Alabama Police Apologize After Photo of Officers Mocking Homeless With Cardboard Quilt Sparks Outrage

After a picture of two officers holding a "homeless quilt"—a raft of signs confiscated from arrested homeless persons taped together into a single sheet—went viral, the Mobile Police Department has issued an apology.

"Wanna wish everybody in 4th precinct a Merry Christmas, especially our captain. Hope you enjoy our homeless quilt! Sincerely, Panhandler patrol," the original Facebook post read. It has since been preserved in a screen-capture by Eduardo Romero, which has since been shared over 15,000 times as of press time.

The picture soon made it to Reddit and went viral, with many posters in the thread accusing the Mobile officers of mocking the homeless, and called the post "tasteless" in light of it having been posted during the holiday season.

Imagine taking pride in terrorizing the most vulnerable people in society

Posted by Eduardo Romero on Sunday, December 29, 2019

The two officers in the pictures were identified by as being Preston McGraw and Alexandre Olivier, both of whom were tagged in the original Facebook post. also identified Olivier and McGraw as two recent graduates of the Mobile Police Academy and added that the picture appears to have been taken within a room at the Mobile Police Department offices. There is no word yet of what, if any, punishment the two officers may face for participating in the taking of the picture.

Two Alabama officers are under fire after posing for a picture with a "homeless quilt" - a raft of cardboard signs allegedly confiscated from homeless persons during arrests taped together. Spencer Platt/Getty

Mobile Police Chief Lawrence Battiste has apologized for the incident. When reached for comment, a spokesperson for the Mobile Police Department referred Newsweek to a statement already given by Battiste to

"As a police department entrusted with serving and protecting our community, we offer our sincerest apology for the insensitive gesture of a Facebook post by two of our officers where they are holding up a homeless 'quilt' made of panhandling signs."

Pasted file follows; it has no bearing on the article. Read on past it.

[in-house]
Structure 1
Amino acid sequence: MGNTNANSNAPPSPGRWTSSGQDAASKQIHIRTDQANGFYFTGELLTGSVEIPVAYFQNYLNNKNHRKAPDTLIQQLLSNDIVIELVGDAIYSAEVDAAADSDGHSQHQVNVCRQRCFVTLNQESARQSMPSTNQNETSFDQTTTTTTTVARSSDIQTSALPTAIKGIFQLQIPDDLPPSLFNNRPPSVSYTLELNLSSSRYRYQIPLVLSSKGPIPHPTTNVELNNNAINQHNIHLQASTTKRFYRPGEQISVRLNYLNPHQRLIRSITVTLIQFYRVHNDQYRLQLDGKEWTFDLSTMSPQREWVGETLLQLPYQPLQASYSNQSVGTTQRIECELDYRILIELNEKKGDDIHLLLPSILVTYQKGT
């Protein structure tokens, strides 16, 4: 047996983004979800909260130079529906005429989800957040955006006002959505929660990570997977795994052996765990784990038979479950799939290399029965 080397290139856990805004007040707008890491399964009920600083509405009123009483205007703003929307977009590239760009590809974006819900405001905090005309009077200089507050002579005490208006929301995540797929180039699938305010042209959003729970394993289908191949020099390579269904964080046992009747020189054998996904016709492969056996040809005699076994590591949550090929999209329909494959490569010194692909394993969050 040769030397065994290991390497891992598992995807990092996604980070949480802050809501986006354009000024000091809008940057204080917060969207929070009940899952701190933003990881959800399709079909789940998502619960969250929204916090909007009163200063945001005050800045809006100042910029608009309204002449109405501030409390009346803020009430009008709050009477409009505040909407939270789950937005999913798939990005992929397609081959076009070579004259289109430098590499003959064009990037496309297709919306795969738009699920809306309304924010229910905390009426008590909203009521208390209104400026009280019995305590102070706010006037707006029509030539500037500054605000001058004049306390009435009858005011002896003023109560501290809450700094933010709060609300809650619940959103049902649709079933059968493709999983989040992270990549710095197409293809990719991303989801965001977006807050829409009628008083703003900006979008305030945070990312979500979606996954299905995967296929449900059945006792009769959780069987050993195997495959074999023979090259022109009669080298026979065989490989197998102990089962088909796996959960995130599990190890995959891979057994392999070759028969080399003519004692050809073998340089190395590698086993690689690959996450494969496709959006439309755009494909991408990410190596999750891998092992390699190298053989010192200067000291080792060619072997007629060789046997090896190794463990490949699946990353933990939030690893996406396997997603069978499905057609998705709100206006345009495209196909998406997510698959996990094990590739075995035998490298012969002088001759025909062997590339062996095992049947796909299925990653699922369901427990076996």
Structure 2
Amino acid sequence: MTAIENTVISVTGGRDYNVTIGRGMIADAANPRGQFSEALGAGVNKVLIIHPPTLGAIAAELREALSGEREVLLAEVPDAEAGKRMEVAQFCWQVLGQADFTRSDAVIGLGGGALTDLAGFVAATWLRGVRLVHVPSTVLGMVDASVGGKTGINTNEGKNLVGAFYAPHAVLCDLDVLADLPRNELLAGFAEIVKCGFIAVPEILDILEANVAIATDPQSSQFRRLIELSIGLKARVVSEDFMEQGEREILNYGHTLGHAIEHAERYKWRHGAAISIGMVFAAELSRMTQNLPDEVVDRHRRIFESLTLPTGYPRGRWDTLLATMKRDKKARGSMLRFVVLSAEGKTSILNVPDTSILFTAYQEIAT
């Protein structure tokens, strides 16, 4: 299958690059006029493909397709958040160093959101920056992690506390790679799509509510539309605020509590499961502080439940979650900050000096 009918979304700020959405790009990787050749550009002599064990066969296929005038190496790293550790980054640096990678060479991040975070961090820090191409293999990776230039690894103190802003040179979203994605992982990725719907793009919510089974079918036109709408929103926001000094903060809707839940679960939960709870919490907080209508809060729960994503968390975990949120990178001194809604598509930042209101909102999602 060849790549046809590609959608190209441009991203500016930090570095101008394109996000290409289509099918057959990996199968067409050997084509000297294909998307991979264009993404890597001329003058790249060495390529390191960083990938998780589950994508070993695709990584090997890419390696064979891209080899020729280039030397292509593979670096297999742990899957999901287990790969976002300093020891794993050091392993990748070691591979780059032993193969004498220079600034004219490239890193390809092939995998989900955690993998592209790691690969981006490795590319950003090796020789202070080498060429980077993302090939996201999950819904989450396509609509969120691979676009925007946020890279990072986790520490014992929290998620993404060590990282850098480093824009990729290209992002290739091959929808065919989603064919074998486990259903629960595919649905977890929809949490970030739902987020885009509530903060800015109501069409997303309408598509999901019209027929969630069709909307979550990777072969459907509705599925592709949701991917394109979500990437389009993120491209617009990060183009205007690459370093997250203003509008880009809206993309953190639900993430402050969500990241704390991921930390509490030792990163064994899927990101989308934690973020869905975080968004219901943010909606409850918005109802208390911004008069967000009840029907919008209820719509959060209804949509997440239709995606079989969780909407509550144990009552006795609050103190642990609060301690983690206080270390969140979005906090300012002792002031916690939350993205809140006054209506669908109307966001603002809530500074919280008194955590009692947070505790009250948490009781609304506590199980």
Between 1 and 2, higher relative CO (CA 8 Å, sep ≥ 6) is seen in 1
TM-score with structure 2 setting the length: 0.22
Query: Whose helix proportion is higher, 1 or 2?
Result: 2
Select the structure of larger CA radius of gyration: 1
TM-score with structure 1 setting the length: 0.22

"Although we do not condone panhandling and must enforce the city ordinances that limit panhandling, it is never our intent or desire as a police department to make light of those who find themselves in a homeless state. Rather, our position has always been to partner with community service providers to help us help those faced with homelessness with hope to improve their quality of life," Battiste said. has said that Chief Battiste is a longtime advocate of homeless persons in the Mobile area.

Mobile codified a panhandling law in 2010 that restricts requesting money to areas outside of downtown Mobile, a place popular with tourists called "The Visitors Domain." The law was an attempt to comply with a federal ruling that has deemed full bans of panhandling an unconstitutional violation of freedom of speech.

Individuals who panhandle outside of this restricted area may be fined $500 or more, be sentenced to community service, or receive six months in jail.

Alabama Police Apologize After Photo of Officers Mocking Homeless With Cardboard Quilt Sparks Outrage | News